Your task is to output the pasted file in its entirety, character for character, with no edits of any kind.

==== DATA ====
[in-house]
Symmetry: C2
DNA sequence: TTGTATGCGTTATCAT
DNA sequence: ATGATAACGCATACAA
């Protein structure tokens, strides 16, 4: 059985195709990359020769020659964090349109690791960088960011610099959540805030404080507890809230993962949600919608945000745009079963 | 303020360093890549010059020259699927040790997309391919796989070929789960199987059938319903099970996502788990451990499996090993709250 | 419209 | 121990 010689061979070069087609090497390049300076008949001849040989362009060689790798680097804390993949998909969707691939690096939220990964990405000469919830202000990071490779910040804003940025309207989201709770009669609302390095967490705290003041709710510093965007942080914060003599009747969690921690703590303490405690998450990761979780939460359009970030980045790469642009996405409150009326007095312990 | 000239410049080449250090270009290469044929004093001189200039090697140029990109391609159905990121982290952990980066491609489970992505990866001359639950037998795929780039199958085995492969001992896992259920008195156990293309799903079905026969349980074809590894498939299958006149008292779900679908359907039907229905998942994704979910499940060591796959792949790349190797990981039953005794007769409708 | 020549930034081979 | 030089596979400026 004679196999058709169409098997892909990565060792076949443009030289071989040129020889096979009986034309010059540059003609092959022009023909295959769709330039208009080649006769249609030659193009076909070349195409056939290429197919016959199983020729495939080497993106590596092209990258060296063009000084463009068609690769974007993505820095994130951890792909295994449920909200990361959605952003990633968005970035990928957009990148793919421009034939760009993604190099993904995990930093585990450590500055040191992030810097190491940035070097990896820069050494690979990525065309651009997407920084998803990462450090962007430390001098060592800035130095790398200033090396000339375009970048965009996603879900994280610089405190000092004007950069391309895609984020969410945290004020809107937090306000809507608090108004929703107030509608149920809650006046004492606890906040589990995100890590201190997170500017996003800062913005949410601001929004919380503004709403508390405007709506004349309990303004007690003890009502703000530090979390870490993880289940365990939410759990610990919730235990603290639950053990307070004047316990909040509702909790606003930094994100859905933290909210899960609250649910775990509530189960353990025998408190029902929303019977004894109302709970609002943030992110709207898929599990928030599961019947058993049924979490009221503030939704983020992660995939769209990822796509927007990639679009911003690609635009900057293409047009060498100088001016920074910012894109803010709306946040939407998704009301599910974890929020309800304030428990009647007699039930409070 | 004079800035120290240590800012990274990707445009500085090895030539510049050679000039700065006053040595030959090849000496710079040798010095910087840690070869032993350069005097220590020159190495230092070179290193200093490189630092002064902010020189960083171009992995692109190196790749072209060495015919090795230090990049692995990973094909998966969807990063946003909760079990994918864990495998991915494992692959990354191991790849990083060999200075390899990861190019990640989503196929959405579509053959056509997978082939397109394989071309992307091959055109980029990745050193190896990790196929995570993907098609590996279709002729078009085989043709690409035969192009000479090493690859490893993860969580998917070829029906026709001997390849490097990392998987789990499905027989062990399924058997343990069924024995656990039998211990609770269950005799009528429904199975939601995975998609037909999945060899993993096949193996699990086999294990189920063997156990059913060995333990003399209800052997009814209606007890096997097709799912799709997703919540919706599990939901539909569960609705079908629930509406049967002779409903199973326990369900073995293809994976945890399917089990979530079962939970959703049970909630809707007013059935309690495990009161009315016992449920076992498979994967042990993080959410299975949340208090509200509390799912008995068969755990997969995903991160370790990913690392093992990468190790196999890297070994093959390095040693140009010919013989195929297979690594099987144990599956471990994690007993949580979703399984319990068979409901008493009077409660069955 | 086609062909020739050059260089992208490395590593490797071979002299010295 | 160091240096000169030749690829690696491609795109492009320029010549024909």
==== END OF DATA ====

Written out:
[in-house]
Symmetry: C2
DNA sequence: TTGTATGCGTTATCAT
DNA sequence: ATGATAACGCATACAA
């Protein structure tokens, strides 16, 4: 059985195709990359020769020659964090349109690791960088960011610099959540805030404080507890809230993962949600919608945000745009079963 | 303020360093890549010059020259699927040790997309391919796989070929789960199987059938319903099970996502788990451990499996090993709250 | 419209 | 121990 010689061979070069087609090497390049300076008949001849040989362009060689790798680097804390993949998909969707691939690096939220990964990405000469919830202000990071490779910040804003940025309207989201709770009669609302390095967490705290003041709710510093965007942080914060003599009747969690921690703590303490405690998450990761979780939460359009970030980045790469642009996405409150009326007095312990 | 000239410049080449250090270009290469044929004093001189200039090697140029990109391609159905990121982290952990980066491609489970992505990866001359639950037998795929780039199958085995492969001992896992259920008195156990293309799903079905026969349980074809590894498939299958006149008292779900679908359907039907229905998942994704979910499940060591796959792949790349190797990981039953005794007769409708 | 020549930034081979 | 030089596979400026 004679196999058709169409098997892909990565060792076949443009030289071989040129020889096979009986034309010059540059003609092959022009023909295959769709330039208009080649006769249609030659193009076909070349195409056939290429197919016959199983020729495939080497993106590596092209990258060296063009000084463009068609690769974007993505820095994130951890792909295994449920909200990361959605952003990633968005970035990928957009990148793919421009034939760009993604190099993904995990930093585990450590500055040191992030810097190491940035070097990896820069050494690979990525065309651009997407920084998803990462450090962007430390001098060592800035130095790398200033090396000339375009970048965009996603879900994280610089405190000092004007950069391309895609984020969410945290004020809107937090306000809507608090108004929703107030509608149920809650006046004492606890906040589990995100890590201190997170500017996003800062913005949410601001929004919380503004709403508390405007709506004349309990303004007690003890009502703000530090979390870490993880289940365990939410759990610990919730235990603290639950053990307070004047316990909040509702909790606003930094994100859905933290909210899960609250649910775990509530189960353990025998408190029902929303019977004894109302709970609002943030992110709207898929599990928030599961019947058993049924979490009221503030939704983020992660995939769209990822796509927007990639679009911003690609635009900057293409047009060498100088001016920074910012894109803010709306946040939407998704009301599910974890929020309800304030428990009647007699039930409070 | 004079800035120290240590800012990274990707445009500085090895030539510049050679000039700065006053040595030959090849000496710079040798010095910087840690070869032993350069005097220590020159190495230092070179290193200093490189630092002064902010020189960083171009992995692109190196790749072209060495015919090795230090990049692995990973094909998966969807990063946003909760079990994918864990495998991915494992692959990354191991790849990083060999200075390899990861190019990640989503196929959405579509053959056509997978082939397109394989071309992307091959055109980029990745050193190896990790196929995570993907098609590996279709002729078009085989043709690409035969192009000479090493690859490893993860969580998917070829029906026709001997390849490097990392998987789990499905027989062990399924058997343990069924024995656990039998211990609770269950005799009528429904199975939601995975998609037909999945060899993993096949193996699990086999294990189920063997156990059913060995333990003399209800052997009814209606007890096997097709799912799709997703919540919706599990939901539909569960609705079908629930509406049967002779409903199973326990369900073995293809994976945890399917089990979530079962939970959703049970909630809707007013059935309690495990009161009315016992449920076992498979994967042990993080959410299975949340208090509200509390799912008995068969755990997969995903991160370790990913690392093992990468190790196999890297070994093959390095040693140009010919013989195929297979690594099987144990599956471990994690007993949580979703399984319990068979409901008493009077409660069955 | 086609062909020739050059260089992208490395590593490797071979002299010295 | 160091240096000169030749690829690696491609795109492009320029010549024909």